Elvis Monthly #106 ( November 1968 ) and reviewed by Paul Berry
Side One :
SPEEDWAY (Glazer, Schlaks)
This is a track that really grows on you. From the opening drum-ming, which remains prominent throughout, right through to when Elvis fades away to the sound of speedway engines, it has tremendous atmosphere. Yes, this rocking item is one of the best film title numbers for ages.
THERE AIN'T NOTHING LIRE A SONG (Byers, Johnston)
Elvis Presley and Nancy Sinatra. Mainly Elvis, with Nancy joining in towards the end. It's very much like "The Meanest Girl In Town", and it sure beits along at a fair old pace. Elvis's diction is perfect, although I must admit I'm a little disappointed -- maybe I was expecting too much.
YOUR TIME HASN'T COME YET, BABY (Hirschorn, Kasna)
You all know this and of course it has already been reviewed in Elvis Monthly. just say that if El's next few singles are of the same high standard as this and the previous three, then it won't be long before we see the "King" topping the U.K. Charts for the fifteenth time. Pity it wasn't a bit longer though.
WHO ARE YOU? (WHO AM I?) (Wayne, Weisman)
This is nice. Elvis is in good voice on this lovely ballad with the backing and The Jordanaires blending effortlessly. Apart from El's singing the highlight for me is the smooth saxophone solo.
HE'S YOUR UNCLE NOT YOUR DAD (Wayne, Weisman)
This was for me the very best part of "Speedway". To those who have leen the film, this song will need no introduction, but for those unfortunates who haven't, Uncle is Uncle Sam and the song is about that most dreaded of subjects—tax. I love the line—"life has two things you can't subtract—death and taxes to be exact!" A fun song.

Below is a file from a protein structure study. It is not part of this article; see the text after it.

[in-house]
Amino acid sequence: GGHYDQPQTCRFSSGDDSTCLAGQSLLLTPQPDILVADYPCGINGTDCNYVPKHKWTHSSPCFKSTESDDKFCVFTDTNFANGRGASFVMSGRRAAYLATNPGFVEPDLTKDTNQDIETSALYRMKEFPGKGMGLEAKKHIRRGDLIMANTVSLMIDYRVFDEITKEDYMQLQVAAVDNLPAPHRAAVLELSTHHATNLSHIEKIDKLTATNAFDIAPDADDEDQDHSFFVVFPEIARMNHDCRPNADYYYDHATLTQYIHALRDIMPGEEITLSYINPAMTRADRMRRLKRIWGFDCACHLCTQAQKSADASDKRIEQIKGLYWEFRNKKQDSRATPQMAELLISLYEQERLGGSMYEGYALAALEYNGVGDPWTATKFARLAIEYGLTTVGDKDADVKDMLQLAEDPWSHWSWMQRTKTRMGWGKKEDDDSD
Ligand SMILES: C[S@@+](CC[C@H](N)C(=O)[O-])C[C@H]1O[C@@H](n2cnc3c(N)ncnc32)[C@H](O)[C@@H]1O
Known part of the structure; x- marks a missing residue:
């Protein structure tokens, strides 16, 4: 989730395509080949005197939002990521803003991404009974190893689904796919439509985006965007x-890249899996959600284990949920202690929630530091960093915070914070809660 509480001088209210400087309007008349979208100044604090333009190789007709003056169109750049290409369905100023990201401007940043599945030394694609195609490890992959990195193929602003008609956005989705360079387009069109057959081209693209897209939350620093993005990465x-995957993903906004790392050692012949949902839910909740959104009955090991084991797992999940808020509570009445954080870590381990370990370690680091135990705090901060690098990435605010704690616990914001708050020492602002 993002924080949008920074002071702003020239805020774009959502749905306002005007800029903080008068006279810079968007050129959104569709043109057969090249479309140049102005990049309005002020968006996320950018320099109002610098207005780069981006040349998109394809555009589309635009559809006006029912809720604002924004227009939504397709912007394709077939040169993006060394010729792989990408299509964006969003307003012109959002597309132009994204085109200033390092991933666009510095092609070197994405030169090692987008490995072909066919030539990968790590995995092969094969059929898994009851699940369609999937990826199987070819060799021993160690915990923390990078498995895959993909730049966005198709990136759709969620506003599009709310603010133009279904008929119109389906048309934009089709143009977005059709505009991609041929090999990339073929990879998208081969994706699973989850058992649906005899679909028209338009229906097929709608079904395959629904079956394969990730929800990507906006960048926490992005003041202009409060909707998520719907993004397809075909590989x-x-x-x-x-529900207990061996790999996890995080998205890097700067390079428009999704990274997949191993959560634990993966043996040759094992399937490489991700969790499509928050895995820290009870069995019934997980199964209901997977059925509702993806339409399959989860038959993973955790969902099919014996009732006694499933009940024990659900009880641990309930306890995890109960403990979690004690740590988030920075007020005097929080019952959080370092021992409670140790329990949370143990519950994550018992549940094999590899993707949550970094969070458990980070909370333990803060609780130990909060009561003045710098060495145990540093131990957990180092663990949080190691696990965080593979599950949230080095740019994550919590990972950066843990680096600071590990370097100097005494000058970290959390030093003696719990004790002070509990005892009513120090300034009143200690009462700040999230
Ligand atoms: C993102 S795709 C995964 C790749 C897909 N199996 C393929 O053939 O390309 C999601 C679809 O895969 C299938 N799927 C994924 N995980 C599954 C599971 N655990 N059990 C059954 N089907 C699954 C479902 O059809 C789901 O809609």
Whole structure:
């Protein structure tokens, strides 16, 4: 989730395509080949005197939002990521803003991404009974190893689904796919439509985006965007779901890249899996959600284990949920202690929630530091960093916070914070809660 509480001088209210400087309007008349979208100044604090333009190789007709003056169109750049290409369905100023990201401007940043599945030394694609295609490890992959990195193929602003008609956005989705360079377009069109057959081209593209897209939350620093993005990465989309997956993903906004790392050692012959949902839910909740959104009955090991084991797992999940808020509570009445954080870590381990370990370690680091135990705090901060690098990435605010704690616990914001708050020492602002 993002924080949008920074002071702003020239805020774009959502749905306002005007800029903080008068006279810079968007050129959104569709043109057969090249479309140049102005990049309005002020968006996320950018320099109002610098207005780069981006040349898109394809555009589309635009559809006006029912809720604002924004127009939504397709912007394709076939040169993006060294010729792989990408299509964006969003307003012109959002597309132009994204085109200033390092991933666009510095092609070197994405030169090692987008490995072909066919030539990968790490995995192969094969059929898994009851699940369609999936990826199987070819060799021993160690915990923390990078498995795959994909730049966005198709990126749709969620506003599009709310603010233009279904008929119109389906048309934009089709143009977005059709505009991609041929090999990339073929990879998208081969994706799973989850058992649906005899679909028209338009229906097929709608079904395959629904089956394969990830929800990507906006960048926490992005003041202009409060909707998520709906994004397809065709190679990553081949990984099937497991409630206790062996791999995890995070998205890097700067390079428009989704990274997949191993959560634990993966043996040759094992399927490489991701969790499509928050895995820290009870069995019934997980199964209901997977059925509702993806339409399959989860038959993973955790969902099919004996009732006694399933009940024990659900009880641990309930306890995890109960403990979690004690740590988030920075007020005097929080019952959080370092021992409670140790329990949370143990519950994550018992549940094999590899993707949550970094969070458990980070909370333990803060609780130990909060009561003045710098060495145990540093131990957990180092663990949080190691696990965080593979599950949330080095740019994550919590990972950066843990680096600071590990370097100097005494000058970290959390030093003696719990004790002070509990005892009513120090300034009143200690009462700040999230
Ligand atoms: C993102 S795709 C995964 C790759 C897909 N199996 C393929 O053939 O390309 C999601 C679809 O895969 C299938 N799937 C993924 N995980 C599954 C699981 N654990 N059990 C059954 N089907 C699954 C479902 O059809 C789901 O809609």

LET YOURSELF GO (Byers)
The flip of "Baby", and the "A" side in the States. It's great—really solid, but is it more commercial than "Baby"? Personally I don't think so.
Side Two :
I suppose there will be some of you who will object to finding a nonElvis song on an Elvis L.P., but "Your Groovy Self" by Nancy Sinatra is well worth a few spins. A Lee Hazelwood composition, it is certainly stronger than her latest single and nowhere near as bad as the the title suggests!
FIVE SLEEPY HEADS (Tepper, Bennett)
Although the first of the "bonus" tracks, this was obviously written for the film. A short lullaby which is perfect for those of you with five children or one child with five heads!!! Seriously though folks it was very nice, and better than "Big Boots".
WESTERN UNION (Tepper, Bennett)
This catchy mid-tempo item sounds as though it was recorded around 1963-4, and the guitar has a "Blue River" sound about it. Although not a particularly happy set of lyrics, Elvis and The Jordanaires seem to be having a ball. In fact Ray Walker gets so low at times that he practically reaches down to his high heel sneakers a couple of times.
MINE (Tepper, Bennett)
This is superb. The melody of the beautiful ballad has a decidedly classical influence and Elvis's sincere handling brings the best out of a set of lyrics that not even Sid Tepper and Ray Bennett have bettered. No words of mine can do this great recording justice. Just listenagain and again and again.
GOIN' HOME (Byers)
The second of the "Stay Away, Joe" songs to be issued, "Goin' Home" is one of the stand-outs on this album. Opening with drums and strange Red Indian type noises from The Jords. Then in comes Elvis, using a completely different voice to that on the previous track, singing of "This proud wild land where the wind blows free". This unusual recording ends with Elvis fading into the distance, accompanied by a rather weird-sounding guitar (?) noise. Fascinating.
SUPPOSE (Dee, Goehring)
A ballad that ranks among the greats. Elvis extracts every ounce out of the lyrics as he imagines life without the woman he loves—"Suppose the tall green trees should not survive, Suppose I had no wish to be alive, Suppose you didn't love me." If I had to pick one track as my favourite then this would be the one. An El-Classic.
I'm sure that occasionally, like me, you Eind an El film to be great, but the sound-track album d'isappointing (Roustabout?), and alternatively, the film not so good but the L.P. top class. In my opinion "Speedway" fans into this second category. Although I thought the flick a little ordinary, the album is really tremendous. In tact 1 rate it as the best sound-track album since "Fun In Accapulco". Buy it. You'll be glad you did.